Head to McCormick & Kuleto’s for excellent seafood and a picture-perfect view of the Golden Gate Bridge and Alcatraz
The Golden Gate strait stretches 1.6km between the San Francisco Bay and the Pacific Ocean. The Golden Gate Bridge is the iconic suspension structure that spans it, linking the city of San Francisco to Marin County. Having opened in 1937 it was, until 1964, the longest suspension bridge in the world. The American Society of Civil Engineers quite rightly declared it one of the Wonders of the Modern World.
It was far from easy to build though. Once known as “the bridge that couldn’t be built,” the engineers in charge faced all sorts of adversity, from the natural - whipping winds, thick fogs and treacherous tides - to the human: a noisy bunch of nay-sayers. It took ten years of planning to get off the ground, but then just four years to get it done.
The single-suspension span is anchored by twin towers that reach 746 feet — once taller than any building in San Francisco. Two cables, each more than 7,000 feet in length and containing some 80,000 miles of wire stretch over the top of those towers and set their roots in concrete anchorages on either shore. The scale and enterprise of the project must be seen to be believed.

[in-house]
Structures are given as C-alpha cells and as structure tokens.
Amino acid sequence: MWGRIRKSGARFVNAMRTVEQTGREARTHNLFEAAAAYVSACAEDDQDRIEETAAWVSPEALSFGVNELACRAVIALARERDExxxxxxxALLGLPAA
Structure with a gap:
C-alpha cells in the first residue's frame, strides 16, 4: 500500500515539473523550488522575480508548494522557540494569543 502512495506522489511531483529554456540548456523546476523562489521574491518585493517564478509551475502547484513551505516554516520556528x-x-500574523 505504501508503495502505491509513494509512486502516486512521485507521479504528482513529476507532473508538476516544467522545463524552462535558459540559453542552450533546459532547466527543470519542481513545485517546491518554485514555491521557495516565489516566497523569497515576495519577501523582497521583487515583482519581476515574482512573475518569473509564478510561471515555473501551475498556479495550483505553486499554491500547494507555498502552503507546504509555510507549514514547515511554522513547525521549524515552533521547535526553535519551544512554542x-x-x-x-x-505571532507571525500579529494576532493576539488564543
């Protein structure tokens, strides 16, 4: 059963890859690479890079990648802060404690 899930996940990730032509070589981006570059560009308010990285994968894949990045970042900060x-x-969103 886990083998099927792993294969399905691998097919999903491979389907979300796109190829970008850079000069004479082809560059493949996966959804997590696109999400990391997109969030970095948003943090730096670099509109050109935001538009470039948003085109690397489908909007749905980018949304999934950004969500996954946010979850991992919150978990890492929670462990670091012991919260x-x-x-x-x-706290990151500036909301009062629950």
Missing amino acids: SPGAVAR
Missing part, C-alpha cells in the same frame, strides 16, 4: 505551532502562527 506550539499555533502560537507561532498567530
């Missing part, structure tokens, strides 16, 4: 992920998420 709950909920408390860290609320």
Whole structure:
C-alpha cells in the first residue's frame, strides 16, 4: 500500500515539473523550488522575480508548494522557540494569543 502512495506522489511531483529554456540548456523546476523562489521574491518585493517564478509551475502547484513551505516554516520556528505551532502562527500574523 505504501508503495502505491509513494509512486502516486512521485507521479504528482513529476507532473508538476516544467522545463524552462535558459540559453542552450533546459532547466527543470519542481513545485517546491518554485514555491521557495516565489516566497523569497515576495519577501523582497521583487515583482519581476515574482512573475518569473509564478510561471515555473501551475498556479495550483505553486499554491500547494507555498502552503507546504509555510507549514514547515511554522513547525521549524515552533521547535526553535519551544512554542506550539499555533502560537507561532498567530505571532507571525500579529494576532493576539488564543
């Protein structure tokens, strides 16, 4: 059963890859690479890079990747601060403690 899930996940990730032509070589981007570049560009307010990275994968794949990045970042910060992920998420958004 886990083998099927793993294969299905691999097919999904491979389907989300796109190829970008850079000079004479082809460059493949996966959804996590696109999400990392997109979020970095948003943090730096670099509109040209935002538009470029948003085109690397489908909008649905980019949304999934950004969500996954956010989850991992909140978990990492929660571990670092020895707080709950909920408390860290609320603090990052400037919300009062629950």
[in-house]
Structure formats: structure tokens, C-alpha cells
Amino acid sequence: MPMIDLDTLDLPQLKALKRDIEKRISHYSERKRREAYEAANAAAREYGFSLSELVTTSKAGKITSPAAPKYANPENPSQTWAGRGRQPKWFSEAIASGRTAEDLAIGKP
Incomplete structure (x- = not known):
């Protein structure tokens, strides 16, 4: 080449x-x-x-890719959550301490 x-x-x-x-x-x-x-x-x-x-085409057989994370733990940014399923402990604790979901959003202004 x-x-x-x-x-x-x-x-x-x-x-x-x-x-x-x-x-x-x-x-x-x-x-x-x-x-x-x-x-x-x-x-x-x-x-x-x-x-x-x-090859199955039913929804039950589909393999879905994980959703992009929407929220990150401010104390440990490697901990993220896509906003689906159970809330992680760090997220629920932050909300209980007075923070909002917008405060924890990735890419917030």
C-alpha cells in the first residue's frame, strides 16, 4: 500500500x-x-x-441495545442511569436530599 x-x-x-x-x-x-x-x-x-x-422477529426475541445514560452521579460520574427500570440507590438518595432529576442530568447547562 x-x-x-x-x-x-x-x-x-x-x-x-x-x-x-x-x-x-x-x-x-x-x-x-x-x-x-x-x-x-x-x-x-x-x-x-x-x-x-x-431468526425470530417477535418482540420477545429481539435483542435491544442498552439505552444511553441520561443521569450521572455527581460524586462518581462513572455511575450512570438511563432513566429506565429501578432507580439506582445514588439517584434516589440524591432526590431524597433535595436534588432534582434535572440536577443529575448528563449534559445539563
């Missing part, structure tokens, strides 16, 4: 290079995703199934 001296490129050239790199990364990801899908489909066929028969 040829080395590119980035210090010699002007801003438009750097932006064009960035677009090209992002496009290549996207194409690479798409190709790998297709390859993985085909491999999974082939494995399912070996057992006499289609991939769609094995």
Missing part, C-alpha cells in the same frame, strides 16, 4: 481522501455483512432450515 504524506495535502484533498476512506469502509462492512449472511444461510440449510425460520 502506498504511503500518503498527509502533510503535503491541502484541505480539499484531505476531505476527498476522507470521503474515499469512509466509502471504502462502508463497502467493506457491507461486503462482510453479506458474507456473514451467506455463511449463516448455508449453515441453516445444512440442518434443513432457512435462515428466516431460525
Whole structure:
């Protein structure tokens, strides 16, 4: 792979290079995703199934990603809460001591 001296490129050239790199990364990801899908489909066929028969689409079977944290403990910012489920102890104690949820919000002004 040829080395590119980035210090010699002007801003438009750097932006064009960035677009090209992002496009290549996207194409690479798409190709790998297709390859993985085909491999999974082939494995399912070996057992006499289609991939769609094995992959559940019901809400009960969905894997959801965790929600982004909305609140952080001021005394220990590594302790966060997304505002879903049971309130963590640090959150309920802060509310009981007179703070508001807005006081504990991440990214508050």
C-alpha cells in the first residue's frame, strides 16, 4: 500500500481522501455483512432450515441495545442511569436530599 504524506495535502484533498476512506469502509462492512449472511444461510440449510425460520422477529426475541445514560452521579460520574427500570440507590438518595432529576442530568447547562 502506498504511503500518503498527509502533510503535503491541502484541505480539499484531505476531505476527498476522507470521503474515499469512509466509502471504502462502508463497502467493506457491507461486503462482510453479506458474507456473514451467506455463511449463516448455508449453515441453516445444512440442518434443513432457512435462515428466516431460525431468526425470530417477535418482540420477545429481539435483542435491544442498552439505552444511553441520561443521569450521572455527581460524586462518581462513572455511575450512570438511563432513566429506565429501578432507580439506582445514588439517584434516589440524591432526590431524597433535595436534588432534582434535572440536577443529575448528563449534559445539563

The bridge takes its name from the strait, rather than actually being painted gold, to the dismay of some tourists. The bridge has in fact always been painted orange vermillion, otherwise known as “International Orange.” Carbon black and steel grey were rejected in favour of the warm orange that marks it out from the cool colours of the sky and sea. The repainting of the Golden Gate Bridge is actually a never-ending task as the metal beneath must be perfectly protected from the high salt content in the air.
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